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TURECAMO COASTAL AND HARBOR TOWING CORPORATION
Pictured: the Jean Turecamo Photo by: Unknown

Turecamo Coastal and Harbor Towing Corporation was foundeded by Bartholdi Turecamo, who immigrated from Isola Lipari, a small island between the northern coast of Sicily and the southern tip of Italy. As an immigrant Turecamo found work in road construction around New York.

Turecamo began his own road construction company. It is reported that at one time the company was doing a number of marine related jobs and utilized a company called Gallagher towing.

One one occasion Gallagher Towing was late retrieving a barge of material for Turecamo. Barney Turecamo called him to complain and Gallagher claimed the tug was on the way, then slammed the phone down (which did not hang up) Gallagher then reported to said to someone in his office "Screw that Italian S.O.B we will get there, when we get there." Supposedly, Barney Turecamo over heard this and the next day acquired his first tug.

In 1927, the company acquired their own tug to haul road stone from the wharves in Manhattan to his plant in Brooklyn, New York. His son, Bart Turecamo added more tugs and expanded the operation into the New York Harbor trade. The third generation, Bart Turecamo Jr. succeeded his father, who died in 1983.

In 1978, Turecamo acquired the White Stack from Wayland T. Coppedge Jr., who had previously sold his Jacksonville, Florida based company, Florida Towing Company, to the Moran Towing Corporation in 1976.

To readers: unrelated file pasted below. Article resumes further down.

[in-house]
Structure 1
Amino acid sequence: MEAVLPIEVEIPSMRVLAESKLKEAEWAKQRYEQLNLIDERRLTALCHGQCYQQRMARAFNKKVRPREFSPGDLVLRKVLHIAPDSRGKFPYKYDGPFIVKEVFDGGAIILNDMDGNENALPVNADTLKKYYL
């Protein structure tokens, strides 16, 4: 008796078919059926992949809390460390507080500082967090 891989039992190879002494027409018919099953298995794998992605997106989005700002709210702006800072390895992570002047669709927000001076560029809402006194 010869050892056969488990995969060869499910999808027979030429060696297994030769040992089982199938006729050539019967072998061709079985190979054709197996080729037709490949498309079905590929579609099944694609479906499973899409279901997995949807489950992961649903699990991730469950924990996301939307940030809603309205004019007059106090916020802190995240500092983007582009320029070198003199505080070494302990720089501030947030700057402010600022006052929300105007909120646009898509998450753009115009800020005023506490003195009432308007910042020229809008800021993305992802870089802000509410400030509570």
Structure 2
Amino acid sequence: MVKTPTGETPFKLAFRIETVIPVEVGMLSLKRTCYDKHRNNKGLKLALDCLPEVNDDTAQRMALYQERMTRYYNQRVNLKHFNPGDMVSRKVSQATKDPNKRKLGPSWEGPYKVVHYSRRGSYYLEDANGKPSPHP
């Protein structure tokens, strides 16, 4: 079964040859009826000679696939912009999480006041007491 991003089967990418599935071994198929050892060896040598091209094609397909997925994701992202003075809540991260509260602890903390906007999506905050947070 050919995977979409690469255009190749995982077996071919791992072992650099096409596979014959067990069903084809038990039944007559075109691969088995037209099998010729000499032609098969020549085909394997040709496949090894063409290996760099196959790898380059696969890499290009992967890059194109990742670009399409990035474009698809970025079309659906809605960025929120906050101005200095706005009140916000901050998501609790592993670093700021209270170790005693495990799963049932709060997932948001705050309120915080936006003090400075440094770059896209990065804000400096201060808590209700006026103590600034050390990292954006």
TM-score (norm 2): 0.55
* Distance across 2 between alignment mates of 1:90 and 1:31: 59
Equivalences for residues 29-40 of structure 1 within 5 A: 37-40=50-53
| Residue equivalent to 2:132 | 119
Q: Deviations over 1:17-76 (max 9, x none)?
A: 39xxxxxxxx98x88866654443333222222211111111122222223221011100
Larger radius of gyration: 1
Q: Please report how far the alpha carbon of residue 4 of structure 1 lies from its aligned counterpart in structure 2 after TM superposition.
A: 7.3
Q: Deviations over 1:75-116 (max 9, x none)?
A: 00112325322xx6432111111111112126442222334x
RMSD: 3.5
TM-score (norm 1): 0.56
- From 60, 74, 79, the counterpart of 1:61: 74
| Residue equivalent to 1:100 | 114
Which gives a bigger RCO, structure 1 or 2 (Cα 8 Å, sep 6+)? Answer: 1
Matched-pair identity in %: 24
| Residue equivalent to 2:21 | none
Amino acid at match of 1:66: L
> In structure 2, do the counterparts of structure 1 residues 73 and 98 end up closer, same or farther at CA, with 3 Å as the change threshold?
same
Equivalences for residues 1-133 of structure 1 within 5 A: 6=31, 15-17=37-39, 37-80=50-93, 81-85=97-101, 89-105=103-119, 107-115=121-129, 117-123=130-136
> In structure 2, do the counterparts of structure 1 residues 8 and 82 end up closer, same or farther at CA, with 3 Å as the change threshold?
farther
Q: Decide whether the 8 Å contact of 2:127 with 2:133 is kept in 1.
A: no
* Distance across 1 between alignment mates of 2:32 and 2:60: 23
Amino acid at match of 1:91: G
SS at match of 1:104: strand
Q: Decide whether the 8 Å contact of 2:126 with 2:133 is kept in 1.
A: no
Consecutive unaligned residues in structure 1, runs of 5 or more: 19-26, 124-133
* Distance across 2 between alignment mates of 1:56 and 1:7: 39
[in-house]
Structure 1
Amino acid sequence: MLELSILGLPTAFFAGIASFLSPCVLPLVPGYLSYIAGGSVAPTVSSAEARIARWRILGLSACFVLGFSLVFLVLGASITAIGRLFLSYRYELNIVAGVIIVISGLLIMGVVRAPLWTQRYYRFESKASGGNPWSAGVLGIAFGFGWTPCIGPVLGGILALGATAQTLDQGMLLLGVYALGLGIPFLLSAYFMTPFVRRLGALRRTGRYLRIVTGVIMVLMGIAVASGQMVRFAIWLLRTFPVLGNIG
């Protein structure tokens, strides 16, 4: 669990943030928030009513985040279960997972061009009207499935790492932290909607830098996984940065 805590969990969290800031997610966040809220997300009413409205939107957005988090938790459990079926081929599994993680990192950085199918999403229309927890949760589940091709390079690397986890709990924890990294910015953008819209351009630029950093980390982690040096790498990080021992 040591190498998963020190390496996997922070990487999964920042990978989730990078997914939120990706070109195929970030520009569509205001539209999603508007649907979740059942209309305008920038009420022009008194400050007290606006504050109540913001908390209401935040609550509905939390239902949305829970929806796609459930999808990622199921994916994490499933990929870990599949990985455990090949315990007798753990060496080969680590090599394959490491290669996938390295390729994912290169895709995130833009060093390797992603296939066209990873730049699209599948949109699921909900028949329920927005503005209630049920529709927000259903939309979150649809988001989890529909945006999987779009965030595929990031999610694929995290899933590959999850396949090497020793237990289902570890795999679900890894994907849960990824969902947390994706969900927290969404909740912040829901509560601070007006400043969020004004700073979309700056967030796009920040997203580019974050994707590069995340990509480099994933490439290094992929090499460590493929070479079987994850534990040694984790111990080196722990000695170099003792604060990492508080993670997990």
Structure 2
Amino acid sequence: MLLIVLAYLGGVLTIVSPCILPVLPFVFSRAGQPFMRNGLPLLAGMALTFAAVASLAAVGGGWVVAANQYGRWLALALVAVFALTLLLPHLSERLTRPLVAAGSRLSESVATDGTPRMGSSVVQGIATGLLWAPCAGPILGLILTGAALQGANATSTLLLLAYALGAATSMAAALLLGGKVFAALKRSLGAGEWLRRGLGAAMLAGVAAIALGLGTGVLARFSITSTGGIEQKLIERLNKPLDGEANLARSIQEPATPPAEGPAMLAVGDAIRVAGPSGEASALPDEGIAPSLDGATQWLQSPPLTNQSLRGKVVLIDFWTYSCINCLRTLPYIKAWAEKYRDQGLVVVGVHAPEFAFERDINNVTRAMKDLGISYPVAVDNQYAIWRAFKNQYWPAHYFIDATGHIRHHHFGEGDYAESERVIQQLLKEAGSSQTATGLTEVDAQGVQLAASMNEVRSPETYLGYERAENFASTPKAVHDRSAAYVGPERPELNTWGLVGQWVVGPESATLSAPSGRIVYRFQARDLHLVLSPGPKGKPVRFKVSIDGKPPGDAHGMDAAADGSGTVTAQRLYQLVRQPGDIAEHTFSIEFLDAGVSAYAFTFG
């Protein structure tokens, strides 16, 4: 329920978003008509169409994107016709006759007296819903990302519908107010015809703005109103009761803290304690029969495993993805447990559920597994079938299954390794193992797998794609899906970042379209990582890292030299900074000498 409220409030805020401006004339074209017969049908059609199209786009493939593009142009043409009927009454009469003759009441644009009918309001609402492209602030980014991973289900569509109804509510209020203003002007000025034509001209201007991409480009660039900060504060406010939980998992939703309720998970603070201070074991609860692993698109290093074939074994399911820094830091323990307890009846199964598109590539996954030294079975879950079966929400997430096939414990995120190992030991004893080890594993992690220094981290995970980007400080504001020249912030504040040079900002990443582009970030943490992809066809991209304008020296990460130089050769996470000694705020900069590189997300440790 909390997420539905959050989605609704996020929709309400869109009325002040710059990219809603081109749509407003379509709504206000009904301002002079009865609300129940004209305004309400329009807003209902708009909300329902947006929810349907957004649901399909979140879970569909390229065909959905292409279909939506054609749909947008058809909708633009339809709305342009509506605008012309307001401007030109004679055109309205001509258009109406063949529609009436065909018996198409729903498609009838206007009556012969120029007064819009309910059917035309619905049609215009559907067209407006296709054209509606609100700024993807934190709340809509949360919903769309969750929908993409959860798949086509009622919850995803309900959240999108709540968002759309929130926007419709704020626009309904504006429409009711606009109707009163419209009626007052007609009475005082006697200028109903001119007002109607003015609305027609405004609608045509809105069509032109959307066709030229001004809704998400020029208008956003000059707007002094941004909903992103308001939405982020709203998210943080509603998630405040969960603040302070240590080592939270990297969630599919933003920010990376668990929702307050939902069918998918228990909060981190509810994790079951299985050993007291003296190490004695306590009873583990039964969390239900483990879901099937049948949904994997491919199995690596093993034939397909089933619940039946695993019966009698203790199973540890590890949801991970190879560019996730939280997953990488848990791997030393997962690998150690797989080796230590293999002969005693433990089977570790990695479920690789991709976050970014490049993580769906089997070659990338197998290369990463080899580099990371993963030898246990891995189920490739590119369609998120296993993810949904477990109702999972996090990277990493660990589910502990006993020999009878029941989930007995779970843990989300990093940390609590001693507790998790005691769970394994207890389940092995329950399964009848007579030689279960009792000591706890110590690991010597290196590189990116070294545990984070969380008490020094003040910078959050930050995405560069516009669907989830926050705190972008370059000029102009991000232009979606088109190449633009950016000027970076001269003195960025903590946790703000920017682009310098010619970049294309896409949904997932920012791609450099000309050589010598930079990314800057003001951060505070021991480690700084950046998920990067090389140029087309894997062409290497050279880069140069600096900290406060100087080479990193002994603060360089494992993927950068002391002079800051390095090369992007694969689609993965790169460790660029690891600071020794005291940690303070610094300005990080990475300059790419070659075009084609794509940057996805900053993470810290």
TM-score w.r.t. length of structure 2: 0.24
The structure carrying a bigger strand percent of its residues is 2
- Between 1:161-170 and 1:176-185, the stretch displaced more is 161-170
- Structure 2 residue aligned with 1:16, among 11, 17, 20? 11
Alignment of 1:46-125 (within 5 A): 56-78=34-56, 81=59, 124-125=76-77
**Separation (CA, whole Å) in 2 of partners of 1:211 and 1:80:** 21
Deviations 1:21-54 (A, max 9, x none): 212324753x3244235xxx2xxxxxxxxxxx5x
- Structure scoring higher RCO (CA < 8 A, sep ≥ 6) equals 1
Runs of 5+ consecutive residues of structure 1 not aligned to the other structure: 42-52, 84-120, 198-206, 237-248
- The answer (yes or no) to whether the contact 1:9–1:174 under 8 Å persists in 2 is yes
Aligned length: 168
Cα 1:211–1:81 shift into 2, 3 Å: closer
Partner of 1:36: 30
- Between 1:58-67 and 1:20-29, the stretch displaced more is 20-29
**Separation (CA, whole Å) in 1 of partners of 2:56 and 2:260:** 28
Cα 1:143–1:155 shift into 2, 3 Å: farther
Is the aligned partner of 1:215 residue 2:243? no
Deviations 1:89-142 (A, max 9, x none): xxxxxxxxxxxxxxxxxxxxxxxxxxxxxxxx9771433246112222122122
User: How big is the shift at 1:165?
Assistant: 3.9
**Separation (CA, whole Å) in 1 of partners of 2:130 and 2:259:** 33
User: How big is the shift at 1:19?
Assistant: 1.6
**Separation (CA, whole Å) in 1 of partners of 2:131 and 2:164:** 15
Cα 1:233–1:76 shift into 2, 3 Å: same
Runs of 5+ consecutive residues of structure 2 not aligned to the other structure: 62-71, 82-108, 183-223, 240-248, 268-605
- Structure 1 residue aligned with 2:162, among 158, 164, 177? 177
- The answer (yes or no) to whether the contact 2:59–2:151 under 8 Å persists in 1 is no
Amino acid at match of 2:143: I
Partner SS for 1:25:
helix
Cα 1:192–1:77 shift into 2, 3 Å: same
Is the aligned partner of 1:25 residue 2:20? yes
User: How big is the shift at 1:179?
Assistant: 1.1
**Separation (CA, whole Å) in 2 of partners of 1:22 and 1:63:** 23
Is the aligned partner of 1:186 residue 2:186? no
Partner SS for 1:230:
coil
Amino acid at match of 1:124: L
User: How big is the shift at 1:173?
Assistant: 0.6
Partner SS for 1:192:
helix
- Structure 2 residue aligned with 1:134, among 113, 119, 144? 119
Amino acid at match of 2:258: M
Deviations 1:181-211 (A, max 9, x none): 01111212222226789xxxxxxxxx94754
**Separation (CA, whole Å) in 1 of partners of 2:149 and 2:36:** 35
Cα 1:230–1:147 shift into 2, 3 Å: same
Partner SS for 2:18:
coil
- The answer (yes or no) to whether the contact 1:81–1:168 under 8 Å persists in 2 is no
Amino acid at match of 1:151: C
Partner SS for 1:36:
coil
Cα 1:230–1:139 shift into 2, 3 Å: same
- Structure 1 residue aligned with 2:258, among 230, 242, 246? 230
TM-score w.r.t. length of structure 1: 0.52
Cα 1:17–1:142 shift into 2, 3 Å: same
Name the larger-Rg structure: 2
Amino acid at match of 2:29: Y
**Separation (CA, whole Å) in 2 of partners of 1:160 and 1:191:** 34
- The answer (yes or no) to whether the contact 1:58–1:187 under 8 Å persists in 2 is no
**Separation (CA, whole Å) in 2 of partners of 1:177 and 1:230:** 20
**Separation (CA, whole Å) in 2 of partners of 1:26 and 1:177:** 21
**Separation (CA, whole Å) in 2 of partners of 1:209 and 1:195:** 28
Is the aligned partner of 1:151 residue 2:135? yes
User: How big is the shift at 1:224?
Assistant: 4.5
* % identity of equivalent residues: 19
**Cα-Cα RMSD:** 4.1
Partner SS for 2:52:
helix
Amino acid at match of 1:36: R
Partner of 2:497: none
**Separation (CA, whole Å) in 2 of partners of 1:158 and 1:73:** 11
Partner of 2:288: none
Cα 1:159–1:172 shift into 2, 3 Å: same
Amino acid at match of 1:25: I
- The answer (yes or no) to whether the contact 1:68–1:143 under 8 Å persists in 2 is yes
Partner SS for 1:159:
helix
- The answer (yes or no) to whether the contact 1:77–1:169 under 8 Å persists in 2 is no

The wood grain paint job was a distinguishing mark of a Turecamo Tug, although a number of other tug companies in the harbor had similar wood grain paint jobs also, such as Dalzell. Turecamo was the last company in New York harbor to have wood grained boats.

There was a small group of shore side painters that would do that work. First a base coat was applied and allowed to dry then a color coat over that. The color coat would be combed with steel combs of varying length and sizes of the individual comb points. The individual doing the work would twist and bend the comb as he pulled it through the wet top coat to create the wood grain effect. Giving the paint an authentic wooden look when completed.

Above the hand rail it was a light color grain and dark below. The handrails around the middle of the deck house were painted red and a stripe covered any area without a handrail. Once it was all completed the grain job would be covered with several coats of spar varnish, which would protect the paint. Usually each spring the varnish would be sanded lightly and another coat applied. Towards the later days of the company newer boats joining the fleet were painted a buff color and the older boats were painted the same buff instead of receiving a new grain job.

In the summer of 1998, Turecamo Maritime and their affiliated company, The White Sack Maritime Corporation merged with the Moran Towing Corporation of Greenwich, Connecticut. Moran then added Charleston, South Carolina to their thirteen ports of service on the East Coast and Gulf Coast. The Moran Towing Company of Charleston, South Carolina is the successor company to White Stack Maritime Corporation, which has had a presence at the port of Charleston since 1882 and was also aquired by the Moran Towing Corporation as part of the merger.
(Hugh Ware, Chris Roherig, Captain Eric Takakjian)

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